It is given out initially that he suffered a heart attack, but subsequently revealed that he was murdered, beaten with blunt instruments and attacked by scythes (a very common weapon in our films) which led to profuse bleeding and eventual death.
C vows revenge and announces investigations.
Three years later, a plot comes to light: Uncle no 2 had conspired to get uncle no 1 killed by hiring a gang.
The agreed fee was Rs 40 crore, with Rs 5 crore guaranteed to each participating goon. Finally, uncle no 2 is arrested.
But that's not the end. A sequel is hinted at.
The state B had ruled was split into two after B's death, with the connivance of the national party.
C became the chief minister of the larger half, but the smaller, more glamorous, half is ruled by another clan, whose head has ambitions beyond his state.
C has his eyes trained on the breakaway state (presumably because he thinks it is part of his patrimony) and appoints his sister the head of his party in that state.
The sister mounts an agitation in that state, supposedly with the blessings of the national ruling party, which replaced the earlier national party nearly a decade ago.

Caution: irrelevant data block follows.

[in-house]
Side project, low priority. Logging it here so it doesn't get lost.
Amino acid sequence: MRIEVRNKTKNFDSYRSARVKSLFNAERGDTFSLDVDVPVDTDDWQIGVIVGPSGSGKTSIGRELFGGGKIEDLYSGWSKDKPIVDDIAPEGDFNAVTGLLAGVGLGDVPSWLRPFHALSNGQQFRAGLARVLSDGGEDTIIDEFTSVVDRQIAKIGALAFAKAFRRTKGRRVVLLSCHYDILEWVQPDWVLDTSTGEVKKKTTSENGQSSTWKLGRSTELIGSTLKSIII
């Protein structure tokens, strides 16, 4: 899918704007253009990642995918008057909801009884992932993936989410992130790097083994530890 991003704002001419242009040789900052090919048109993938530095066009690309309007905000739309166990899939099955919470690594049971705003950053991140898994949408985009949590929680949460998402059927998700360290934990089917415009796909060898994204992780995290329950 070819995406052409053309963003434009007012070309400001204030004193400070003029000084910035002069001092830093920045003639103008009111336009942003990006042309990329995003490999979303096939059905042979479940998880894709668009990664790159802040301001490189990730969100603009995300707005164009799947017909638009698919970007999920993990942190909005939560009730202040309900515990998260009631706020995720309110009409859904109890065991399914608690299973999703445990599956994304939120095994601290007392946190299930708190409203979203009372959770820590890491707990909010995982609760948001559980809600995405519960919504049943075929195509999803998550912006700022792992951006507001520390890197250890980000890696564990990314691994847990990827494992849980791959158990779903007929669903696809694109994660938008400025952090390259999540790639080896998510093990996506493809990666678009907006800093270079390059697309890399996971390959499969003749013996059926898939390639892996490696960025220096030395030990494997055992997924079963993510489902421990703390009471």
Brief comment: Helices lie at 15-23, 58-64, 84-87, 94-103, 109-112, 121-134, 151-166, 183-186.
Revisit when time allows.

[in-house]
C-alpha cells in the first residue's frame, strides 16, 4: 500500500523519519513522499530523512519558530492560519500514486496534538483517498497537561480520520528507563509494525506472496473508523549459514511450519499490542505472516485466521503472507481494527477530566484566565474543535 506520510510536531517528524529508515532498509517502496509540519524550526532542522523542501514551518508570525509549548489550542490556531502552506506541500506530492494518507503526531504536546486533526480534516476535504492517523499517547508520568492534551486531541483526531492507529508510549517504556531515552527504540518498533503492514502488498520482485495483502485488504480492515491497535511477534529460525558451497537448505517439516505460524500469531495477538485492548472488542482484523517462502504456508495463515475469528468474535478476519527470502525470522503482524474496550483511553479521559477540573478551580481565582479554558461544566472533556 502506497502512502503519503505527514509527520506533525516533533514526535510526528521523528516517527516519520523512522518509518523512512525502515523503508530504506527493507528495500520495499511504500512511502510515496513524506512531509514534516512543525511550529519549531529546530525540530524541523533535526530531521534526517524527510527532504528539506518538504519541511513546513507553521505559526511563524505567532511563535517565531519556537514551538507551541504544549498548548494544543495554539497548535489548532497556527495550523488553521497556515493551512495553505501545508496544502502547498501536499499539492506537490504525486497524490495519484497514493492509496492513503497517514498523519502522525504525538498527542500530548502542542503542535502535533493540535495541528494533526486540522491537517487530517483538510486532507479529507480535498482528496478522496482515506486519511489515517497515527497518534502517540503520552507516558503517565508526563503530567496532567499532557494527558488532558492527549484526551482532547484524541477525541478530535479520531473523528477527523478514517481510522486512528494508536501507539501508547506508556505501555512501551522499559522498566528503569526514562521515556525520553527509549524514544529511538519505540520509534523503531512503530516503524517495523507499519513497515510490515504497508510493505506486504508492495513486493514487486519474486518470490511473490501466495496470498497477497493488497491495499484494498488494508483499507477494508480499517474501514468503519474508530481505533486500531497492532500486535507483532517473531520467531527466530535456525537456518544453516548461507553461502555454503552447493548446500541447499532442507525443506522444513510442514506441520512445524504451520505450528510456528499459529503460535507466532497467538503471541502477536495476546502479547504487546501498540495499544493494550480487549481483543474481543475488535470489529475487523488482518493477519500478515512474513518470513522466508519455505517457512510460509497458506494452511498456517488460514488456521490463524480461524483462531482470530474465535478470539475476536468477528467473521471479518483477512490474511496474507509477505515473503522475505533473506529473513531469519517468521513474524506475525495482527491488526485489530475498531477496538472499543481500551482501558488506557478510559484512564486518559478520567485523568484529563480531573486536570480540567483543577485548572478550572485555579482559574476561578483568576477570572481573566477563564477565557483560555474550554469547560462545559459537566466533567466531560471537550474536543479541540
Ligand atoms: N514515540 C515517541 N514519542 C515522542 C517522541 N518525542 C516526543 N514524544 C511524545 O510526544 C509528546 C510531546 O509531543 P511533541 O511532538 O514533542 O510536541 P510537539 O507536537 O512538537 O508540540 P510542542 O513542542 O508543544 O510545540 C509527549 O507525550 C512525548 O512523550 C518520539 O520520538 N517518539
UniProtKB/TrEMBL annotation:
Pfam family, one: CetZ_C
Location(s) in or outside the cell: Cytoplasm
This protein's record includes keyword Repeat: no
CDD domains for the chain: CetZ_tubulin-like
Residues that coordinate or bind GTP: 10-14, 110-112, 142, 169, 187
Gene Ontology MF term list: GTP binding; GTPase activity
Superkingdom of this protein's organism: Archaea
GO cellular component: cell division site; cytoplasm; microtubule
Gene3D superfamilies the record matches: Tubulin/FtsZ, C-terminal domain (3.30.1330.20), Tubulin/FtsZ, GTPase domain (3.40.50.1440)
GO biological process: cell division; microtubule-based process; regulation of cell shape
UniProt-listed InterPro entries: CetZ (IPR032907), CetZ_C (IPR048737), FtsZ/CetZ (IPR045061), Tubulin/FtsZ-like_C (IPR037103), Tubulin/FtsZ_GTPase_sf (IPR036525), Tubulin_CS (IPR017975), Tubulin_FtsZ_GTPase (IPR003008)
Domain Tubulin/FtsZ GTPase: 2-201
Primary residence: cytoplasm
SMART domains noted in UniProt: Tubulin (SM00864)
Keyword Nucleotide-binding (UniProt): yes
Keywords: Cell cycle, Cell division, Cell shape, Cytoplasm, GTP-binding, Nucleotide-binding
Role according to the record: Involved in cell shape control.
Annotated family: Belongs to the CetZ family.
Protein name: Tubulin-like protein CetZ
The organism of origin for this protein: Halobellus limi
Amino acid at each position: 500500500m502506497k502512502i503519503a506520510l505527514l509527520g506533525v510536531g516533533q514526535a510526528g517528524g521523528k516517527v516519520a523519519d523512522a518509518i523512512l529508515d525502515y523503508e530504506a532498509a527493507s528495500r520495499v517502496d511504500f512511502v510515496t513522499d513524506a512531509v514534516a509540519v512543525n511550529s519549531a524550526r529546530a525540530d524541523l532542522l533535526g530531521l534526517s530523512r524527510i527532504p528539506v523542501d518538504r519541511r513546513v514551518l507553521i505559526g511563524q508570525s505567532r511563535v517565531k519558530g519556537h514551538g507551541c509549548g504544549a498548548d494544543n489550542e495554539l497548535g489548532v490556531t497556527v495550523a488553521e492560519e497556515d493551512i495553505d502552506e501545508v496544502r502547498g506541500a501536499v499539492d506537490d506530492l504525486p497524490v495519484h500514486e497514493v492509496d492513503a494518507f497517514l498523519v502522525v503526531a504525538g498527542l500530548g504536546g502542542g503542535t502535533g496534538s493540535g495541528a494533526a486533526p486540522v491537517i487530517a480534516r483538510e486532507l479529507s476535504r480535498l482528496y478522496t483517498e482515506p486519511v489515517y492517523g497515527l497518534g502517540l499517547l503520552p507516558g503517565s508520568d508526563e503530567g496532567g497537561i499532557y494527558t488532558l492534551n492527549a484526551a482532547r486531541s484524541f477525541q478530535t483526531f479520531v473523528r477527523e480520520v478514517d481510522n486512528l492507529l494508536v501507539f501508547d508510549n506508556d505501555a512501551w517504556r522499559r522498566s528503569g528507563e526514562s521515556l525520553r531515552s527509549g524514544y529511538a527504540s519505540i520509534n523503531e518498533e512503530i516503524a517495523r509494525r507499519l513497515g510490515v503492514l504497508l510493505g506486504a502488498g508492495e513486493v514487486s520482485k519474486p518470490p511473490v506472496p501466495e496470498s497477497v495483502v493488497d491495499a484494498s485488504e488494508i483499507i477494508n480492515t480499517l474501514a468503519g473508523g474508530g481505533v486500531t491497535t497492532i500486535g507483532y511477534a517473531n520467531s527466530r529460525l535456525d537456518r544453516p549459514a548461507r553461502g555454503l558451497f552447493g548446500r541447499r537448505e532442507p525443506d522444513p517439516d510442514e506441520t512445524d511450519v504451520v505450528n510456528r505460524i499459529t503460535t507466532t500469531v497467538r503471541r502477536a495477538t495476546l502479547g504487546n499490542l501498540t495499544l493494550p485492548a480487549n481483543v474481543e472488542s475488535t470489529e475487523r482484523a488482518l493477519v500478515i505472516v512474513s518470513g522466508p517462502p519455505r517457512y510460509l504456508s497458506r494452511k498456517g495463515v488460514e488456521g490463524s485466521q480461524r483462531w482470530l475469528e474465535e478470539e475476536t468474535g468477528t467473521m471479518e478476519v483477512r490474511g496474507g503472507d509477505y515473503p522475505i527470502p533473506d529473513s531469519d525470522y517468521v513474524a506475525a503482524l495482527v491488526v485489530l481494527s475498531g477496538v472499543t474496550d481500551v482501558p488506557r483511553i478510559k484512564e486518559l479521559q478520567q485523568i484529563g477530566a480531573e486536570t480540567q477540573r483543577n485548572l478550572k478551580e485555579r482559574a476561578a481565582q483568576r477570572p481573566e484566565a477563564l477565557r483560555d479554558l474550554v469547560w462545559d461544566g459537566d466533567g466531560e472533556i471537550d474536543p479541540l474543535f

Watch this space for further developments!
Or consider another storyline:
The leader of an upper caste organisation, call him X, floats a new party and gets his wife elected to Parliament, in open defiance of the pro-reservation backward caste chief minister.
X becomes a local hero. His two acolytes, Y and Z, brothers who are relatively small-time toughies, also have political aspirations.
Y is killed, his associates suspect with police connivance.
His funeral procession is conducted in gravely tense atmosphere.
The district magistrate of a neighbouring district crosses the procession in his official car on his way home.
The mob attacks the car, and drags out the official (who happens to be a Dalit).